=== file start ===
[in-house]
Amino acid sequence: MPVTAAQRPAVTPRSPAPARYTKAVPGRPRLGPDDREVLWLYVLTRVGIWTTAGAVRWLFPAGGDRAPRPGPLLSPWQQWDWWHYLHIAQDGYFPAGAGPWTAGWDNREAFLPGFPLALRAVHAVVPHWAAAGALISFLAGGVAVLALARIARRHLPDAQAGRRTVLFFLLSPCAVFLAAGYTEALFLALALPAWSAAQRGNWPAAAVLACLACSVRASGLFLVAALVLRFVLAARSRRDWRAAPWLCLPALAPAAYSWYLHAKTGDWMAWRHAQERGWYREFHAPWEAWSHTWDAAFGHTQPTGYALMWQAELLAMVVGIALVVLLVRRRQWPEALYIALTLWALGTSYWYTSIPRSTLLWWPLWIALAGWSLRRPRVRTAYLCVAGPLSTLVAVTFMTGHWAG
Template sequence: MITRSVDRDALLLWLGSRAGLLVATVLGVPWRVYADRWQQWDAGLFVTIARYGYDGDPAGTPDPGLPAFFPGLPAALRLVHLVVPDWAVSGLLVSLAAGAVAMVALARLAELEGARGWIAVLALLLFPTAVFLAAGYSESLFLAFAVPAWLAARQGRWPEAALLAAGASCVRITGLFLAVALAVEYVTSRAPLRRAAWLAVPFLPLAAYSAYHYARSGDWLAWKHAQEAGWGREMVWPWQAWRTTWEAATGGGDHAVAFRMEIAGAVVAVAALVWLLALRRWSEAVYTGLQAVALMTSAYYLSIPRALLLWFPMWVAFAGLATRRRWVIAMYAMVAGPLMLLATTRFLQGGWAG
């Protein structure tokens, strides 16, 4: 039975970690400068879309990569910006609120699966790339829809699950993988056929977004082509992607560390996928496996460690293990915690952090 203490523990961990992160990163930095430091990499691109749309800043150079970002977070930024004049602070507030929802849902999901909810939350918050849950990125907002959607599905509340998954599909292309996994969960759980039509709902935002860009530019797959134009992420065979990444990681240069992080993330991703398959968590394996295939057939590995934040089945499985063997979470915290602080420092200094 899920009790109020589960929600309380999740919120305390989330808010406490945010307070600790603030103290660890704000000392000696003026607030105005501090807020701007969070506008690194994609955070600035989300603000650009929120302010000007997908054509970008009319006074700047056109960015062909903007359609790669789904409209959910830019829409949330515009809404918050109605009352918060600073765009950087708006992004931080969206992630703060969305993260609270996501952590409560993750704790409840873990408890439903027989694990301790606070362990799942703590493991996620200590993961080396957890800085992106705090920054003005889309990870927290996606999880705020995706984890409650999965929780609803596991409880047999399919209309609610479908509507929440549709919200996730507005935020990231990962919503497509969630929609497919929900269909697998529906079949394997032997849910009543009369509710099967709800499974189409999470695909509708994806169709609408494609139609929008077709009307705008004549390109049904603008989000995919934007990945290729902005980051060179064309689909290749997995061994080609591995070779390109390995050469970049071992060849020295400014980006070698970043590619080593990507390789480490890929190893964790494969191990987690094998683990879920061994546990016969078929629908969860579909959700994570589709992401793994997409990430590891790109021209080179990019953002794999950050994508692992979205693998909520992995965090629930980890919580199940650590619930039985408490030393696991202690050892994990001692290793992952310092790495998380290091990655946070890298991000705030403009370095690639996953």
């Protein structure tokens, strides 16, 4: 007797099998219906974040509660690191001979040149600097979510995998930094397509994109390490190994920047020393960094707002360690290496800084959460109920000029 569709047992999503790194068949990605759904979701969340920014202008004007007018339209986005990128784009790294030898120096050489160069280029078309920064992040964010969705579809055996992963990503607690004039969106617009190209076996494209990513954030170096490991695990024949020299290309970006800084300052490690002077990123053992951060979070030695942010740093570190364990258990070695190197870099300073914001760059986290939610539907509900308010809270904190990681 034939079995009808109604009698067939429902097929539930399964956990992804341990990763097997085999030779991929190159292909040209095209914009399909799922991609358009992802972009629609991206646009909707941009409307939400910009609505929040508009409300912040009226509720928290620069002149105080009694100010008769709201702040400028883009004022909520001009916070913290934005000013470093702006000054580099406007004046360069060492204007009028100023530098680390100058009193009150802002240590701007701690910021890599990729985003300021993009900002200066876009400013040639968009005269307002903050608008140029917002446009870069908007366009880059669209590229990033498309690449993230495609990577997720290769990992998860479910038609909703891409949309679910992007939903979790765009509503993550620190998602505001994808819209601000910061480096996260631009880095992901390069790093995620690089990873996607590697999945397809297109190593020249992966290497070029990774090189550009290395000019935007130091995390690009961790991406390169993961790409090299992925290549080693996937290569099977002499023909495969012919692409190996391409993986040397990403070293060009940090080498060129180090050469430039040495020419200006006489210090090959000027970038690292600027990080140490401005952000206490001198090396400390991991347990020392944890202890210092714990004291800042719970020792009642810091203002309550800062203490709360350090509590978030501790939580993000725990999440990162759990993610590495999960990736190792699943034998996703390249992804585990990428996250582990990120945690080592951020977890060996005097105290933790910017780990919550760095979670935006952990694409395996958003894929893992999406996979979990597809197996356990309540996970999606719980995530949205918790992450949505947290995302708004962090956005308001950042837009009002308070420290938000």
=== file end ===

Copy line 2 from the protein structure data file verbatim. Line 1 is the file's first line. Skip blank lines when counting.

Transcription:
Amino acid sequence: MPVTAAQRPAVTPRSPAPARYTKAVPGRPRLGPDDREVLWLYVLTRVGIWTTAGAVRWLFPAGGDRAPRPGPLLSPWQQWDWWHYLHIAQDGYFPAGAGPWTAGWDNREAFLPGFPLALRAVHAVVPHWAAAGALISFLAGGVAVLALARIARRHLPDAQAGRRTVLFFLLSPCAVFLAAGYTEALFLALALPAWSAAQRGNWPAAAVLACLACSVRASGLFLVAALVLRFVLAARSRRDWRAAPWLCLPALAPAAYSWYLHAKTGDWMAWRHAQERGWYREFHAPWEAWSHTWDAAFGHTQPTGYALMWQAELLAMVVGIALVVLLVRRRQWPEALYIALTLWALGTSYWYTSIPRSTLLWWPLWIALAGWSLRRPRVRTAYLCVAGPLSTLVAVTFMTGHWAG